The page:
The First Official Portrait of Kate Middleton Is Actually A Portrait of Dorian Gray

It took just three and a half months and two sittings for Scottish-born artist Paul Emsley to sap the life and joy out of Duchess of Cambridge, Kate Middleton, who appears to have been aged considerably in the first official portrait painted to commemorate the handing over of her hollow vestige to The Royal Family; almost hollow, that is, were it not for the dormant Mountbatten spawn that lies in waiting, Rosemary’s Baby style. 

At least that’s what British art critics and The Internet would have you believe (I actually don’t mind the photo-realist depiction of Kate; she’s human, has bags, a pregnant glow, so what?) after the Middleton’s Royal #non-selfie was unveiled overnight at London’s National Portrait Gallery to mixed reviews and these faces:
A keen student of art history at St Andrews, where she met her baby daddy, Middleton praised her perennial likeness as being “just amazing, I thought it was brilliant.” Speaking in the clipped phrases of someone who just received the worst haircut ever, Prince William deemed the portrait “beautiful, absolutely beautiful.”
Art critic for The Daily Mail, Robin Simon, called the painting “rotten“, while Sunday Times critic, Waldemar Januszczak, has likened the portrait to “a giant polaroid. Like she went into a photo booth and had that picture taken and blown up to a huge size.”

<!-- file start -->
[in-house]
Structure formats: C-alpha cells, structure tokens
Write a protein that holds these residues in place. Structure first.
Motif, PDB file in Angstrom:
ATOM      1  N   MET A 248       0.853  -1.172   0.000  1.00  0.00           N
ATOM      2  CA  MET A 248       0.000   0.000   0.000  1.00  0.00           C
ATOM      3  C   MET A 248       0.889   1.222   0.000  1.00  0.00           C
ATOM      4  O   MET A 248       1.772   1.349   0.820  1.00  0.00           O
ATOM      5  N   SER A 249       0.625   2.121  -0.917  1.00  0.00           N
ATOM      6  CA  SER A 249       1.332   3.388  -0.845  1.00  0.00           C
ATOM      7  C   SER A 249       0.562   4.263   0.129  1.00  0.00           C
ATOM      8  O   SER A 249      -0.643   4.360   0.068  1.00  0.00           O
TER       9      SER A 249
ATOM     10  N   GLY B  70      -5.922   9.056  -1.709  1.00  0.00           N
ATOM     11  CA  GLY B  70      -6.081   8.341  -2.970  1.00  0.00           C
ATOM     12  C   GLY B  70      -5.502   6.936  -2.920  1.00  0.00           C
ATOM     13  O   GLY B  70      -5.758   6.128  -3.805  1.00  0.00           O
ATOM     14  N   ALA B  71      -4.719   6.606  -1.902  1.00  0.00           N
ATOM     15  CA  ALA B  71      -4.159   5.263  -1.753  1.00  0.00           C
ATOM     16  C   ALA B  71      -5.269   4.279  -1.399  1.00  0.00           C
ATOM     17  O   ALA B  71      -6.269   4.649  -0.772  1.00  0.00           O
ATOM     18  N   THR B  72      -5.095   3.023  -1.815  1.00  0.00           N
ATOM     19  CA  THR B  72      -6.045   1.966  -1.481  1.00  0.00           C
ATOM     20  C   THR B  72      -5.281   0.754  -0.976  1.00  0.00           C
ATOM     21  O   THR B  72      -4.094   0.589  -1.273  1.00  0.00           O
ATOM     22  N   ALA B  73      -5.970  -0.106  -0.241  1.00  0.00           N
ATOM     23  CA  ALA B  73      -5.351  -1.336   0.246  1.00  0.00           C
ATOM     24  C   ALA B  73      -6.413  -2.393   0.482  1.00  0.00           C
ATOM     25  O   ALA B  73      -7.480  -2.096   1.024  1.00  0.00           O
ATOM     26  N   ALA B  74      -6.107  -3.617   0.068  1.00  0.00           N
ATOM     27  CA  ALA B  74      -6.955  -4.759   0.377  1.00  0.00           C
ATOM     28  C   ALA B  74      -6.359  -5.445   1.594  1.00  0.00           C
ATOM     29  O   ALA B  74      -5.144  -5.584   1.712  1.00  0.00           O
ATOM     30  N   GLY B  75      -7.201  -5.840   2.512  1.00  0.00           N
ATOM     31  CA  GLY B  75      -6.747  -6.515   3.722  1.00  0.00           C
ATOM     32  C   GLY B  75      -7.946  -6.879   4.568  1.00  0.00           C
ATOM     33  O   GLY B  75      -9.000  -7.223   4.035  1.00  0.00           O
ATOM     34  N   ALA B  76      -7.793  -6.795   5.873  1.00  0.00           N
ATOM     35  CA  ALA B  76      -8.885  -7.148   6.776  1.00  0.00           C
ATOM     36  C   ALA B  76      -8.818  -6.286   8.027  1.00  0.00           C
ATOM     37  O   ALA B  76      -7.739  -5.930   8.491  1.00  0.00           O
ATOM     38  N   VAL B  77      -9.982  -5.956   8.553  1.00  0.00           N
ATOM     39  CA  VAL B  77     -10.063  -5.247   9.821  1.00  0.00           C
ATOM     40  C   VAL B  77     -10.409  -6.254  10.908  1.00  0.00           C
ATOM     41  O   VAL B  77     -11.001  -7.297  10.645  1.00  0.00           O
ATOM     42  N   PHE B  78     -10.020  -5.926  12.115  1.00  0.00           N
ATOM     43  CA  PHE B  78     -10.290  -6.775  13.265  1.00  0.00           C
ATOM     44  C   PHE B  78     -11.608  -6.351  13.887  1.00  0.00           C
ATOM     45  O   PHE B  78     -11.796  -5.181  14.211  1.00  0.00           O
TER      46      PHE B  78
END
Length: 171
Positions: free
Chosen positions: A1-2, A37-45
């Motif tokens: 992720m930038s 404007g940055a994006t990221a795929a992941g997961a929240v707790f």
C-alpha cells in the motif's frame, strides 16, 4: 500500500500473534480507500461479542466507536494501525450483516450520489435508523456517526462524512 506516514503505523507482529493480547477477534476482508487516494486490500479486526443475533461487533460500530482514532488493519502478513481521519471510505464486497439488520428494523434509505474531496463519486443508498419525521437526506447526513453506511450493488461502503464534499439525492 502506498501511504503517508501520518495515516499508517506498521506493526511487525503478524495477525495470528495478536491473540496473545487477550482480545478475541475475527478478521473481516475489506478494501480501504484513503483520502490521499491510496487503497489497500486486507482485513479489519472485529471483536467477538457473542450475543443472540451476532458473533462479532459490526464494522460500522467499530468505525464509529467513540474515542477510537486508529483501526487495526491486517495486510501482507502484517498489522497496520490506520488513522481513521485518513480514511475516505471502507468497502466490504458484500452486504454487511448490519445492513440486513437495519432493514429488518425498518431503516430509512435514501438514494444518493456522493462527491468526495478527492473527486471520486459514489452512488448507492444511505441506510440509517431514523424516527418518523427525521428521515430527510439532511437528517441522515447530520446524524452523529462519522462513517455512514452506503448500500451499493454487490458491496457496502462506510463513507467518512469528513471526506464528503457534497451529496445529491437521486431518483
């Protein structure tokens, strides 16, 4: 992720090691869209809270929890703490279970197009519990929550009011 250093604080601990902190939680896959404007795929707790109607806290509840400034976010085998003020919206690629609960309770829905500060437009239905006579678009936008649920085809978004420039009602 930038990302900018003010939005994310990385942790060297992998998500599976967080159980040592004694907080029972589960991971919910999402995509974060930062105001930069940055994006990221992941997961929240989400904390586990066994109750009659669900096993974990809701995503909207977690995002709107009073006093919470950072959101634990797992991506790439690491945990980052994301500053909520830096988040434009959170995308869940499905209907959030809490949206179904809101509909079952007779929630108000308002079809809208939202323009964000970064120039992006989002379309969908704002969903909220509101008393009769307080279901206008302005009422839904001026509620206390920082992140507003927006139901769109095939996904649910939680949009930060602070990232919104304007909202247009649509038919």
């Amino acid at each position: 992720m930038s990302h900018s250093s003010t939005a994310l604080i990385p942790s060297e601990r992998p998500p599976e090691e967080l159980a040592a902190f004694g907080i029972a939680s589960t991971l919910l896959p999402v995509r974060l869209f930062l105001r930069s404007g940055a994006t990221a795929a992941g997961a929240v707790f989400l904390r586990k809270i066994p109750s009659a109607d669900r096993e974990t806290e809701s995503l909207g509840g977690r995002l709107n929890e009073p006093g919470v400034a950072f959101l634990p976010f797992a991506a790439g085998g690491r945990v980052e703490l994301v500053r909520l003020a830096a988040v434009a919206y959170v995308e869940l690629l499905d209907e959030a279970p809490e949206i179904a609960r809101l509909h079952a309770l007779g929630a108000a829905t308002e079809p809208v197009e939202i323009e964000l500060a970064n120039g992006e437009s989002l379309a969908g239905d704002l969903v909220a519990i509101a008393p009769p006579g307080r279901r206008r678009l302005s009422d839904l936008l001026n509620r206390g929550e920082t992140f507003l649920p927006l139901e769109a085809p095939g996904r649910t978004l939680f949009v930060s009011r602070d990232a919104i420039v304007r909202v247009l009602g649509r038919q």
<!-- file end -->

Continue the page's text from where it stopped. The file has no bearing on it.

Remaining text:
To which all the youths of London responded, “Well cool; where can I have that done, innit?
Defending his artistic choices, including the eye bags on which he would not comment but everyone else has seen fit to, Emsley said, “The Duchess explained that she would like to be portrayed naturally – her natural self – as opposed to her official self. She struck me as enormously open and generous and a very warm person. After initially feeling it was going to be an unsmiling portrait I think it was the right choice in the end to have her smiling – that is really who she is. 

If a subject has a lot of wrinkle lines or a distinctive chin or nose or something like that it is easier to get a likeness, but when you are working with someone whose face is just a lovely face it is harder.”
The Royal Couple saw the painting in a private 10 minute viewing before they were distracted by Mario Testino’s official portraits of the extended Royal Family, probably because they featured Kate Moss and/or baby oil. 
‘This is an Art Attack!’ 
Photos via WPA Pool/Getty